Monday, October 08, 2012

The latest - Sections 25-32

What follows is more of my (hopefully helpful) musings on Barthes' Camera Lucida. Read on.

Section 25: Barthes begins his personal search, at this point, for a "true" photograph of his mother. When he suggests that he was wanting to write what he calls a "little compilation," it is quite possible that this is to what the second half of the book amounts.

Section 26: History: "the time when my mother was alive before me." (65) Barthes shows such sensitivity here; he refers to his mother's scent and her personal things. By the way, the photo to which he refers, of his mother and himself on a beach (see section 25, and see below) is published in Roland Barthes par Roland Barthes.

Section 27: Barthes blames photography for forcing him to engage with "painful labour," that is, "straining toward the essence of her identity." (66)

Photographs are like dreams for Barthes: they are not the object, they are about the object. This is different from what he says earlier in the book in terms of a photograph "meaning" its referent, but he is now discussing his mother, not some universal characteristic of the medium (he returns, though, to the idea of the referent in section 32).

Section 28: The heart of the book is here in this section: the Winter Garden photograph. Just as a photograph never shows the true person due to the pose, so here is the true person because of her innocence (he says it means, "I do no harm"). (69) So, for Barthes, this is a "just image." (70)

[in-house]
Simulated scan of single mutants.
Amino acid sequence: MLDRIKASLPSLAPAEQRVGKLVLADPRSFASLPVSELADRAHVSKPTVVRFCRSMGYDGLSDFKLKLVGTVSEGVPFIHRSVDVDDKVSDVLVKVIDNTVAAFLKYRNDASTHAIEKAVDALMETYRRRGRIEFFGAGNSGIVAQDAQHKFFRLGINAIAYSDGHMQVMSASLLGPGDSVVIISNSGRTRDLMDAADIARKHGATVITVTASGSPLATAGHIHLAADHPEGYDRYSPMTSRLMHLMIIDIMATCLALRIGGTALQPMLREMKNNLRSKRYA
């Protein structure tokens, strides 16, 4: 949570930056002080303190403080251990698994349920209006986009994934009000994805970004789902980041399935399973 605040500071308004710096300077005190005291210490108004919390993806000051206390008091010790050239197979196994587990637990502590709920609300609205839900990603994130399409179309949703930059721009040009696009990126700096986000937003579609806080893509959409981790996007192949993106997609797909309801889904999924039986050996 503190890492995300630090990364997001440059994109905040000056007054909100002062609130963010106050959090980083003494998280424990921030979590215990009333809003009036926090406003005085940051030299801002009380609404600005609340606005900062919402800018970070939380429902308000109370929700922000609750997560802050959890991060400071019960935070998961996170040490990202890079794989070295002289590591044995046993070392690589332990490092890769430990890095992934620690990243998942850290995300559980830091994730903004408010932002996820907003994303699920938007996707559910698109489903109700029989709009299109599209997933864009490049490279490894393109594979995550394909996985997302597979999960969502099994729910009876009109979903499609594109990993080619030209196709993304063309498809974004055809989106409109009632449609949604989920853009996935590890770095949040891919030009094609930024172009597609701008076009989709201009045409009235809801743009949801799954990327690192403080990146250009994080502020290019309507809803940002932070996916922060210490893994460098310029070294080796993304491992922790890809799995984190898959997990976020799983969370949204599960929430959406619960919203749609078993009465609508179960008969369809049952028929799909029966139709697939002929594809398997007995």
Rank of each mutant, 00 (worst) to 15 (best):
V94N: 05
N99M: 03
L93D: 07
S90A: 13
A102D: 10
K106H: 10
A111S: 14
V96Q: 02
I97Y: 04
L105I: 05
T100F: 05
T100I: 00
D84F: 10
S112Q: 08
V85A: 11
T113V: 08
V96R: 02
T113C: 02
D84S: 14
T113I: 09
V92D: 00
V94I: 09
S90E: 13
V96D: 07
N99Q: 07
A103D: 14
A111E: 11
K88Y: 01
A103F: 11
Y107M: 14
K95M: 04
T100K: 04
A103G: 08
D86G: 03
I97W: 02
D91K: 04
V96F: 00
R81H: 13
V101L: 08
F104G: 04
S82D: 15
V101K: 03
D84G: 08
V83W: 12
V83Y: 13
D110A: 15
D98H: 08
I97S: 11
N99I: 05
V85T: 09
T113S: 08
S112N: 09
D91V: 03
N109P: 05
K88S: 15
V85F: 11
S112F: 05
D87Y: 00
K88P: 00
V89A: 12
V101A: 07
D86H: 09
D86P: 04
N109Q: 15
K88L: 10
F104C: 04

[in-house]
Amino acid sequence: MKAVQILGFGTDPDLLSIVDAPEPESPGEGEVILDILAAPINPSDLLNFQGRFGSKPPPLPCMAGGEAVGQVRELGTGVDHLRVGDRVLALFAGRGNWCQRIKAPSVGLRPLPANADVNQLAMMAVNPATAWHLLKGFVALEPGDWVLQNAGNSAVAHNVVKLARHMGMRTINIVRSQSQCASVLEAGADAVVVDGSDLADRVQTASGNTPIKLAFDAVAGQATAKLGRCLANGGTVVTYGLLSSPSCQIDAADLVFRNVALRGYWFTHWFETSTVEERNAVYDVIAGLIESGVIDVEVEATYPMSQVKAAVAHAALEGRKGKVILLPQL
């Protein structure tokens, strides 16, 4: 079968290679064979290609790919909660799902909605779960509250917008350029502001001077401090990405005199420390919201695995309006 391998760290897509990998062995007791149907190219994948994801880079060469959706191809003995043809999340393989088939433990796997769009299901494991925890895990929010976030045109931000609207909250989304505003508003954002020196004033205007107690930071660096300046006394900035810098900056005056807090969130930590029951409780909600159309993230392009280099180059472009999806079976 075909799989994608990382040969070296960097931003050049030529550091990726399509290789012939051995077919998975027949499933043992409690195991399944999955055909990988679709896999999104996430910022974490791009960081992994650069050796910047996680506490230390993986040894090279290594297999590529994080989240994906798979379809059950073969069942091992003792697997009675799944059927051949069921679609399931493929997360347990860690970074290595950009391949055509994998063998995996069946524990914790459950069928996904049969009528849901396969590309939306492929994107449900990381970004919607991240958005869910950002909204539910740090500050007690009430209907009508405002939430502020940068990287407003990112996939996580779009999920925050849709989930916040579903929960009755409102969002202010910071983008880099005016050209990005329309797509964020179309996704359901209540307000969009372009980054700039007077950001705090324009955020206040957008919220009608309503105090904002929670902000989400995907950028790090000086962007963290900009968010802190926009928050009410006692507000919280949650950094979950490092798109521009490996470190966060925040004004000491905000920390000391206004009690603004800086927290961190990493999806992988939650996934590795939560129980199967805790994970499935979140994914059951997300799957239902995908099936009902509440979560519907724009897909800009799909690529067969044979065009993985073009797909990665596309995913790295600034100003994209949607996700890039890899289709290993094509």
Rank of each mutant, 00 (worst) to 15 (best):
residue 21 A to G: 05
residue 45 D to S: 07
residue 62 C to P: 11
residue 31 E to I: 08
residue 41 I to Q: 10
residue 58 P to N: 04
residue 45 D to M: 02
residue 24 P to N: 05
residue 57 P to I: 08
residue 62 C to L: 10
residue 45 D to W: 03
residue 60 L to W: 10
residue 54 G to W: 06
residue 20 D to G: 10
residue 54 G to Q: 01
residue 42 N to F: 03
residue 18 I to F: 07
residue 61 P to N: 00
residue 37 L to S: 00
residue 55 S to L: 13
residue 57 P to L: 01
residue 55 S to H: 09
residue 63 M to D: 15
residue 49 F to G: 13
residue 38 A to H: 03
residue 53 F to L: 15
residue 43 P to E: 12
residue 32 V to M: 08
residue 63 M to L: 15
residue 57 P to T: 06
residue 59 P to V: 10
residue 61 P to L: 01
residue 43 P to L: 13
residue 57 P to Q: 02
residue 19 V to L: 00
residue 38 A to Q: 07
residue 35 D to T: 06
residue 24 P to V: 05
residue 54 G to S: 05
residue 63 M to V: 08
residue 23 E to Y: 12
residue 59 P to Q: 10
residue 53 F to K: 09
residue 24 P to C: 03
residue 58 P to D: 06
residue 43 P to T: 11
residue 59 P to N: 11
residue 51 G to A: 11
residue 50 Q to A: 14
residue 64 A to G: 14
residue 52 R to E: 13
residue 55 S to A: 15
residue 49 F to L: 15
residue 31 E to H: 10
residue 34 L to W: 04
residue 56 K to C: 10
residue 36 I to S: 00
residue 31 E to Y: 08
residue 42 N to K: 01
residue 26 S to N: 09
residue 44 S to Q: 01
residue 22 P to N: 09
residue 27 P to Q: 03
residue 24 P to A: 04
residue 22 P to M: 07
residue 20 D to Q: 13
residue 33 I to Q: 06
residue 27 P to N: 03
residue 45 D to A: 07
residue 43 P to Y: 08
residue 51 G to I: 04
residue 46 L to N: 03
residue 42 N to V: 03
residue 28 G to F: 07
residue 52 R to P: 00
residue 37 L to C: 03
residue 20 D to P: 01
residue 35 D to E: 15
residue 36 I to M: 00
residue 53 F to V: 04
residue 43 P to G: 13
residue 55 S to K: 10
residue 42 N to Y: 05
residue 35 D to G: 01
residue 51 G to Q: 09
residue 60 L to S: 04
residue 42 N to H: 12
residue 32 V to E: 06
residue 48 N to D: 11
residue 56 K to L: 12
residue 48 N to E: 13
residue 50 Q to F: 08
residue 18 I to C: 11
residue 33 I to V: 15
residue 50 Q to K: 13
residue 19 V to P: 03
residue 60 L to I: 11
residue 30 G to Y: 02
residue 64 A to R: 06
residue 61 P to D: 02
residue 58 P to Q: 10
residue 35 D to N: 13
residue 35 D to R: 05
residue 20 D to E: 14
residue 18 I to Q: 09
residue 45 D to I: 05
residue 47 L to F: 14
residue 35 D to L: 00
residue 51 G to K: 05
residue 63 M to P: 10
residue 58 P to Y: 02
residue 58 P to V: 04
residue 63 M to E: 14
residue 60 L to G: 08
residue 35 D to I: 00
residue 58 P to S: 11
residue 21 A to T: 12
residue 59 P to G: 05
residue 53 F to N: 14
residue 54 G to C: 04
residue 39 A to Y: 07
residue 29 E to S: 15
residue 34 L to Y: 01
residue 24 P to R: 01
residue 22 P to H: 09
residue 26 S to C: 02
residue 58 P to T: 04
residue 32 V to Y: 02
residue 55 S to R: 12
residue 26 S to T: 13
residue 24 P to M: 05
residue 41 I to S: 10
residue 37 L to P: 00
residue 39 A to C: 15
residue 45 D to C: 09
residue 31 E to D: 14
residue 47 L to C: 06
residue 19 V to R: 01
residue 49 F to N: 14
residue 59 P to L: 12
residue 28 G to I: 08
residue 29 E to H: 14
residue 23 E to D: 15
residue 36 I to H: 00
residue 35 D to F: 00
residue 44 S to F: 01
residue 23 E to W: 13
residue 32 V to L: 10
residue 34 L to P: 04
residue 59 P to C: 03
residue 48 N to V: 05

Section 29: Barthes suggests here that the photograph of his mother as a little girl makes him recall her last days, as a "little girl," needing his assistance always.

From that tender idea, Barthes seems to teeter on the edge of despair: "I could do no more than await my total, undialectical death." (72)

Section 30: So, he here suggests that desire in photography is not rooted in pleasure but rather in love and death. I do wish that he would have reprinted the photograph here (as do my students), but he does not; after all, it's not for us.

Section 31: Barthes expresses a bit of his own background here, raised as protestant. But as for the rest (psychoanalysis discussion aside), he simply states that "everything has remained motionless." (75)

Section 32: Photography: "I can never deny that the thing has been there." Photography, for Barthes, is not art or communication, but Reference: "it has been here, and yet immediately separated; it has been absolutely, irrefutably present, and yet already deferred." (77)

That brings me to the end of this week's section. I have written less here, but this is truly the emotional heart of the work, and the importance of the beginning of the second part of the book remains.


Phil Wiebe said...

Section 25: The true photograph will speak. Meanwhile, Barthes, realizing that he can’t shake the urge to make things personal, decides to drop any pretense of universality and Part II marks his further descent into autobiography.